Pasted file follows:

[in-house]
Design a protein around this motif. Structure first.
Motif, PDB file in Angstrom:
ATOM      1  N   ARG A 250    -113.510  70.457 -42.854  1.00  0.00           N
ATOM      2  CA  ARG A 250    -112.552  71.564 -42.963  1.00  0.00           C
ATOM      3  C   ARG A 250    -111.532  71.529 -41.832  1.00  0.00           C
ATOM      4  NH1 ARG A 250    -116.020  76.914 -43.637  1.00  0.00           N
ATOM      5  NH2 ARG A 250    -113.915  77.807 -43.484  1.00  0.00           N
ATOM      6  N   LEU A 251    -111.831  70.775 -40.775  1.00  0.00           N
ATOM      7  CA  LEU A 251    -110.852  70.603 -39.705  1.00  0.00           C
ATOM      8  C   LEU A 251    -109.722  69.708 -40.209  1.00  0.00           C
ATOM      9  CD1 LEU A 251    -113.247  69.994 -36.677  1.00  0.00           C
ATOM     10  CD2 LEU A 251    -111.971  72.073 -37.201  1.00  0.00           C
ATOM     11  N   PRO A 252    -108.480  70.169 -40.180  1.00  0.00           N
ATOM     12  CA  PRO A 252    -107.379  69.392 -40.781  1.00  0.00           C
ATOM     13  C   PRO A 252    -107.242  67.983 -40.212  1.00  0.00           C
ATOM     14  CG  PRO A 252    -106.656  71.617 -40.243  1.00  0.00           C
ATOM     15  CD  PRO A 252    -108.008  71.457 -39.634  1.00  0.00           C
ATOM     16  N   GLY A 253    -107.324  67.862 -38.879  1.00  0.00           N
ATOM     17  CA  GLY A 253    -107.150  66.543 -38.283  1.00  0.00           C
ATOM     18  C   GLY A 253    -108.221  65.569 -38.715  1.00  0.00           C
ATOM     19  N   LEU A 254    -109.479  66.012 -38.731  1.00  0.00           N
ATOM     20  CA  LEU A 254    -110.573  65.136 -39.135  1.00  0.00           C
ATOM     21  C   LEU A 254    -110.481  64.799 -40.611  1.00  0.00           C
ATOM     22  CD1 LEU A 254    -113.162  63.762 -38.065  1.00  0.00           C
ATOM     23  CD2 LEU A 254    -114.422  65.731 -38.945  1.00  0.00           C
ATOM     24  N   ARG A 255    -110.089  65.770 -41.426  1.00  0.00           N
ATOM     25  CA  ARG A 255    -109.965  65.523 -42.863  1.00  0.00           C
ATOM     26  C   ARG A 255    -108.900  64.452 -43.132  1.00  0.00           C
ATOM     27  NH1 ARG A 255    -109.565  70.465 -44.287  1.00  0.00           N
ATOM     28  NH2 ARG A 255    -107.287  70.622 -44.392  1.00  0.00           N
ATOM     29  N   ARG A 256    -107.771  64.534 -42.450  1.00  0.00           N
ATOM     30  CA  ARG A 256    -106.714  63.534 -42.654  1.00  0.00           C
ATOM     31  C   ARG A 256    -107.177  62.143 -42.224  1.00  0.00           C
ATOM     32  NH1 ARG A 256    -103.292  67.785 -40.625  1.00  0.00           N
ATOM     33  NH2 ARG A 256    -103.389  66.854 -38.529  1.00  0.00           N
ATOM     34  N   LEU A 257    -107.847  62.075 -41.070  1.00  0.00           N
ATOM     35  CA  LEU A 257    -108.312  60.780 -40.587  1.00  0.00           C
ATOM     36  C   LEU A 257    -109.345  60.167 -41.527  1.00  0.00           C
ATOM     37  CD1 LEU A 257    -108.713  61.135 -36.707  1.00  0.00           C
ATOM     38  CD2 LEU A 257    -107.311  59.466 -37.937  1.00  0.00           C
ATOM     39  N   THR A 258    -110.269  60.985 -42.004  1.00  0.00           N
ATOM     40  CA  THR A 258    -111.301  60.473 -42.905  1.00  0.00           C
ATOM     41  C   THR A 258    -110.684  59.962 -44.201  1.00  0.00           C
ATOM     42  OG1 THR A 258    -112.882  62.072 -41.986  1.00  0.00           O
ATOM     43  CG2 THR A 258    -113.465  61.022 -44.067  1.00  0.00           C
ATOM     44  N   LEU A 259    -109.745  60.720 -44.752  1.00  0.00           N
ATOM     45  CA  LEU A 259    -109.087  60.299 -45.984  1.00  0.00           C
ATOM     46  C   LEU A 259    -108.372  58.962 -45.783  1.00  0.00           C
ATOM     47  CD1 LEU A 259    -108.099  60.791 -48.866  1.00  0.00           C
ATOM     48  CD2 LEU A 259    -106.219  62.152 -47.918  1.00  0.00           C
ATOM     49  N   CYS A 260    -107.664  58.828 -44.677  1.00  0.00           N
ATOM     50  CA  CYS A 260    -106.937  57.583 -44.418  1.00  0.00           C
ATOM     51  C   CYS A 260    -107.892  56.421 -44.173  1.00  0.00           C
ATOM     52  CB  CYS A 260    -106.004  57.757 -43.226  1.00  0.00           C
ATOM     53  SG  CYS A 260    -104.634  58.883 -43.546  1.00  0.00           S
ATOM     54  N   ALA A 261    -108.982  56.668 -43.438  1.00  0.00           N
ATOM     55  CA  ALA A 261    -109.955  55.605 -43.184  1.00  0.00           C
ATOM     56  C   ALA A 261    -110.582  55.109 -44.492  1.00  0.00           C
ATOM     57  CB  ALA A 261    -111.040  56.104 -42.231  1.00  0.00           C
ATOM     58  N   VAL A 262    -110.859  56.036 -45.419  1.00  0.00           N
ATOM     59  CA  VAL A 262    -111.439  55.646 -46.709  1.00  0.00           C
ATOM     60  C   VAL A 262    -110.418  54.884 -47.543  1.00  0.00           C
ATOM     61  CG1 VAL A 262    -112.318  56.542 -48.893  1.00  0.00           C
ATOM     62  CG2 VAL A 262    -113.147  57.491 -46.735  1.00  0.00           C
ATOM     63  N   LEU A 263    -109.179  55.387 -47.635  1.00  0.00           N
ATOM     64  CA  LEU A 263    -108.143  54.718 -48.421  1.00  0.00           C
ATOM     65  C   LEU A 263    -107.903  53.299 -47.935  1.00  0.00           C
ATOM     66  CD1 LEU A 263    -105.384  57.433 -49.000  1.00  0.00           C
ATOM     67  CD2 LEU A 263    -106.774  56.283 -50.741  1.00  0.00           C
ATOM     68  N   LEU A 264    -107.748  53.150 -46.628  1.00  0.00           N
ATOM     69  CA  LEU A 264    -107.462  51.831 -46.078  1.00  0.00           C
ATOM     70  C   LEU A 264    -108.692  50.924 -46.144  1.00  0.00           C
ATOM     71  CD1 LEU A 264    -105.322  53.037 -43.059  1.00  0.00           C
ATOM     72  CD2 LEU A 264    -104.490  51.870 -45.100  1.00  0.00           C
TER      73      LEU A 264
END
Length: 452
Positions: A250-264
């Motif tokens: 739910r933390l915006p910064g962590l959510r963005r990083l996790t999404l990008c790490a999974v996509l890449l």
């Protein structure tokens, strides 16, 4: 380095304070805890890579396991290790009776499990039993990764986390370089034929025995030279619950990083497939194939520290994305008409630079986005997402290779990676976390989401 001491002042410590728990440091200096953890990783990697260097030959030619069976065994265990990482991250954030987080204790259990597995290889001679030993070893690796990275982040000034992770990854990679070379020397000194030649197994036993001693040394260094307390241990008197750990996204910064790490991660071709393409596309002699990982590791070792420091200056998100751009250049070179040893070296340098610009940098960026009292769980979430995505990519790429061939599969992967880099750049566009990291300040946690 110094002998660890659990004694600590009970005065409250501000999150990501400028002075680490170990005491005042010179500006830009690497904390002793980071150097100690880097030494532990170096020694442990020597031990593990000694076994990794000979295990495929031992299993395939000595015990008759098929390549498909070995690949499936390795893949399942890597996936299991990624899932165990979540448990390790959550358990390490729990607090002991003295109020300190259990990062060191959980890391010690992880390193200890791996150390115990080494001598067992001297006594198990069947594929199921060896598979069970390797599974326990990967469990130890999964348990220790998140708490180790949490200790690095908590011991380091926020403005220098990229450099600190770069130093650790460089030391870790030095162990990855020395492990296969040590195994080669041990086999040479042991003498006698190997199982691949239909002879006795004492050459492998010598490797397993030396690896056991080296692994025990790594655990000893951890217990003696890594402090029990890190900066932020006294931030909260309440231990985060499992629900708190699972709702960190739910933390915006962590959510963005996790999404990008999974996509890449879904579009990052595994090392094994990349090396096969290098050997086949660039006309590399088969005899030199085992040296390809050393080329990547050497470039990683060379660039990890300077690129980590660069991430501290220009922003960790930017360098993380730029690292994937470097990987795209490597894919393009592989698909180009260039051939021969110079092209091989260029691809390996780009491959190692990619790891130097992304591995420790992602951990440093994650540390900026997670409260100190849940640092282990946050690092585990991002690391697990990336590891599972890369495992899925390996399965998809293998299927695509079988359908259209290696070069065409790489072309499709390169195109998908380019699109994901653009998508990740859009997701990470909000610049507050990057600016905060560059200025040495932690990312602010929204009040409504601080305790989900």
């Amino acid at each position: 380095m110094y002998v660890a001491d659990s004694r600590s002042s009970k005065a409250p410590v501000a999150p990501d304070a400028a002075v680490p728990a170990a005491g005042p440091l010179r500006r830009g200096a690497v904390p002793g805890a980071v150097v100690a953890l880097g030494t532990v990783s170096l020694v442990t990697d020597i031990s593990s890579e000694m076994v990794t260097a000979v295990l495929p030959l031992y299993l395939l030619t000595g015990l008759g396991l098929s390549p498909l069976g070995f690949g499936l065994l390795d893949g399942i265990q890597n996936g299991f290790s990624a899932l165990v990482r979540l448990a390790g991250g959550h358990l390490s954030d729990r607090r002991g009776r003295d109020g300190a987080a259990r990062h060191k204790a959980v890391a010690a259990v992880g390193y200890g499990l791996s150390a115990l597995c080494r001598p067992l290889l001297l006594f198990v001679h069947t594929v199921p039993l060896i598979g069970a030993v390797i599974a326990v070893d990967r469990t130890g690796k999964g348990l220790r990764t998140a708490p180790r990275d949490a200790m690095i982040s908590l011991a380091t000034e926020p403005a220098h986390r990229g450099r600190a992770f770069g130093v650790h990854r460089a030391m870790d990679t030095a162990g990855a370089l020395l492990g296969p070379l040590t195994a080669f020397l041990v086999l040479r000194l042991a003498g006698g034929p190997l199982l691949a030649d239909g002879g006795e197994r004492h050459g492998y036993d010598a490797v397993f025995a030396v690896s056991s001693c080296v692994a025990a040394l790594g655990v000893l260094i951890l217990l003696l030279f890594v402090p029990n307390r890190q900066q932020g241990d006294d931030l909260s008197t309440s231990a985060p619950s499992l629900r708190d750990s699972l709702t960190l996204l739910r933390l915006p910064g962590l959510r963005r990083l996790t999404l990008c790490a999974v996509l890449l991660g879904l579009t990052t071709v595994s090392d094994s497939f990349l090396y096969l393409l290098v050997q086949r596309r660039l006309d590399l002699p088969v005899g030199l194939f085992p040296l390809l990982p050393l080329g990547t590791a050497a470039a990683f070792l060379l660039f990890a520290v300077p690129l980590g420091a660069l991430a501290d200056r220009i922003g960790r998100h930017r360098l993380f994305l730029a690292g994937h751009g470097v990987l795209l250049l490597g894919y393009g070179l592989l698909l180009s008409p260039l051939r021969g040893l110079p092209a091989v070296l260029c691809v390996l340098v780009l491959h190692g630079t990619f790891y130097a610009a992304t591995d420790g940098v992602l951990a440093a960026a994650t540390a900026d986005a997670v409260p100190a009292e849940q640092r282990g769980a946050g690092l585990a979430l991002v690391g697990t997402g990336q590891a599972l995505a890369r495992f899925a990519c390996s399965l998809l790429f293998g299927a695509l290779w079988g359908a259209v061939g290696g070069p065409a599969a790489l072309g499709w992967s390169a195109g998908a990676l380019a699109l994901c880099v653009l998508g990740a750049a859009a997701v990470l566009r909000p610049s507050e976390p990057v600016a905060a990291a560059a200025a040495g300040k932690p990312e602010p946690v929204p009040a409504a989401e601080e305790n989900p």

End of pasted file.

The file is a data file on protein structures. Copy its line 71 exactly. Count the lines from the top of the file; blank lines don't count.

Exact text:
ATOM     68  N   LEU A 264    -107.748  53.150 -46.628  1.00  0.00           N